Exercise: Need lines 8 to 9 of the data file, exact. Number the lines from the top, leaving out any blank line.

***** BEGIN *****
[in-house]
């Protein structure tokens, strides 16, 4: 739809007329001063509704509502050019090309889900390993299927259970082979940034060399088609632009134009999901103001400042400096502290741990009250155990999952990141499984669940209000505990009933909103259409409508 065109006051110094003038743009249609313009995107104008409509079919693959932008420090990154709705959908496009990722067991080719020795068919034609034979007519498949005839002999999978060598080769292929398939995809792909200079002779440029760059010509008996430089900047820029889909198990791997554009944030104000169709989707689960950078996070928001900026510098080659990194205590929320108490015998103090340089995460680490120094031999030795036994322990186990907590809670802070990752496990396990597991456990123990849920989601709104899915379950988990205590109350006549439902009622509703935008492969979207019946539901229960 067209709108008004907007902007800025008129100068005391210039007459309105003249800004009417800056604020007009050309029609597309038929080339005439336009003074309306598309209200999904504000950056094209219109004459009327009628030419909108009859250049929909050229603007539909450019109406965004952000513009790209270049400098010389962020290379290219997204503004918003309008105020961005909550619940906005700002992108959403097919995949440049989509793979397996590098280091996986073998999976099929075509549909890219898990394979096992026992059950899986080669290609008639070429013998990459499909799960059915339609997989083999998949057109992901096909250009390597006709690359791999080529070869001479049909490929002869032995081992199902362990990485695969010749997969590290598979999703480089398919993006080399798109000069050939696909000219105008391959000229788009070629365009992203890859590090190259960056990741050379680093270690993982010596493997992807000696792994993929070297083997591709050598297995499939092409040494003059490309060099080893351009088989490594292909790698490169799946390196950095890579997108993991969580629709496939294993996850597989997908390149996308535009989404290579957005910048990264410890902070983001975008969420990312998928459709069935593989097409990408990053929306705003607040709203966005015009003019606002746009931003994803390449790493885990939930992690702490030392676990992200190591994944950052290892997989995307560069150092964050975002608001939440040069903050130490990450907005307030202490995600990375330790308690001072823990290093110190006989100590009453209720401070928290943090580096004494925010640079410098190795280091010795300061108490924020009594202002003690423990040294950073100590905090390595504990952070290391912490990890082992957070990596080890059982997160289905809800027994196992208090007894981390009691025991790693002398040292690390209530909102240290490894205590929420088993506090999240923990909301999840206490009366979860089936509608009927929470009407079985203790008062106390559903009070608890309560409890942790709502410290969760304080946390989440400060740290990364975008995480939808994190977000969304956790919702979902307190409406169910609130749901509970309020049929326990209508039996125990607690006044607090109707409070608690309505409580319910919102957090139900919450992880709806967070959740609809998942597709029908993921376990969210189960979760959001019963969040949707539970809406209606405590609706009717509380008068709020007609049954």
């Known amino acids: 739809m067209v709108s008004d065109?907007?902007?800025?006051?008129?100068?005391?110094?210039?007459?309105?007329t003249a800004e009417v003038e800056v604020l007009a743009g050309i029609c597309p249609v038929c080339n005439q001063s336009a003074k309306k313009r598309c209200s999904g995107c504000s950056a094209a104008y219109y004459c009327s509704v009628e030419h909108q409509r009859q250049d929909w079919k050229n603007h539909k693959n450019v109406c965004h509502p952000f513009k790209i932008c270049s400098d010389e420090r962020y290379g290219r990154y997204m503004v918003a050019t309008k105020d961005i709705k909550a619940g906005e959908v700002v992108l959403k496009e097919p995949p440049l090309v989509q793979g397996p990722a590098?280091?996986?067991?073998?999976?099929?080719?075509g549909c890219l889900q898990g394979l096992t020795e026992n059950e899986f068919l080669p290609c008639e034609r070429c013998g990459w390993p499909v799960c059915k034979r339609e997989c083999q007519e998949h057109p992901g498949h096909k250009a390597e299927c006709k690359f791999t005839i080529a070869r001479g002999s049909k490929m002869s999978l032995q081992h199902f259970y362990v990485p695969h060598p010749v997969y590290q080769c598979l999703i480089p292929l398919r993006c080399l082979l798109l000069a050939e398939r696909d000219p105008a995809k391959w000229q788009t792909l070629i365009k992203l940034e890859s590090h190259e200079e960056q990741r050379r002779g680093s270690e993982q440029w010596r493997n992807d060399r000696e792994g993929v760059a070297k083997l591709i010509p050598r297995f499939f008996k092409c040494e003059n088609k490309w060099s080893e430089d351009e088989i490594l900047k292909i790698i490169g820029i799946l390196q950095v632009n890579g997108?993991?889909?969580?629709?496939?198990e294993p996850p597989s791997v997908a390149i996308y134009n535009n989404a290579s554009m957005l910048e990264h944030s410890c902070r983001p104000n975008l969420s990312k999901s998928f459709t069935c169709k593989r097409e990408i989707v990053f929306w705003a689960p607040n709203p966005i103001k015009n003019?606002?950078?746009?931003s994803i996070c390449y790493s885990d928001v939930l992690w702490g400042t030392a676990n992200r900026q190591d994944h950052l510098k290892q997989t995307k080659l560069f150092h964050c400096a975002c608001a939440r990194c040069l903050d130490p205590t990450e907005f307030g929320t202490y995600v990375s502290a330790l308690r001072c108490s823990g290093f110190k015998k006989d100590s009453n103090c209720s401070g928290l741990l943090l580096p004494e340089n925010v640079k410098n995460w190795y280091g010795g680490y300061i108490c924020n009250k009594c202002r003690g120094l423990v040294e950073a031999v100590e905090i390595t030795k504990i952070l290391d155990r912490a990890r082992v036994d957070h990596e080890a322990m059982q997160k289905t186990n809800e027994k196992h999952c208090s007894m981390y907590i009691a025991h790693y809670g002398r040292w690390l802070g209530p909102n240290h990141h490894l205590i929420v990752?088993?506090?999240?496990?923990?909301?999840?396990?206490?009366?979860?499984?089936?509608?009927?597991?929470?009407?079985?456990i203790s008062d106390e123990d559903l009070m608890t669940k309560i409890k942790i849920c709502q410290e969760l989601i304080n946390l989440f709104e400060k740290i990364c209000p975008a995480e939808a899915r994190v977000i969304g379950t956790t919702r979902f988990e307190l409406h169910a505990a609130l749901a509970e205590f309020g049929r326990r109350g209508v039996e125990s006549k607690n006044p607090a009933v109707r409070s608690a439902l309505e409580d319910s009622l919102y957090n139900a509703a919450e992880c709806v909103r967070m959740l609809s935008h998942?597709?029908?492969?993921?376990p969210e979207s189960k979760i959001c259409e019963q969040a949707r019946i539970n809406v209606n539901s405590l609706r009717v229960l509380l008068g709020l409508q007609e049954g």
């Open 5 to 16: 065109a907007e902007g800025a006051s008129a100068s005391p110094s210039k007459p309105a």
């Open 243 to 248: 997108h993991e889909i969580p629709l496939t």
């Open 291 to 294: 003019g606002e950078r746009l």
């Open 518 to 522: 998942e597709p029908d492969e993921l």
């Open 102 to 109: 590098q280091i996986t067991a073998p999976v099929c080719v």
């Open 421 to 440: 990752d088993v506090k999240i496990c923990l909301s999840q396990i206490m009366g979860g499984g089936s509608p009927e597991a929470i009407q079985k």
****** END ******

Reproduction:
């Open 102 to 109: 590098q280091i996986t067991a073998p999976v099929c080719v």
């Open 421 to 440: 990752d088993v506090k999240i496990c923990l909301s999840q396990i206490m009366g979860g499984g089936s509608p009927e597991a929470i009407q079985k």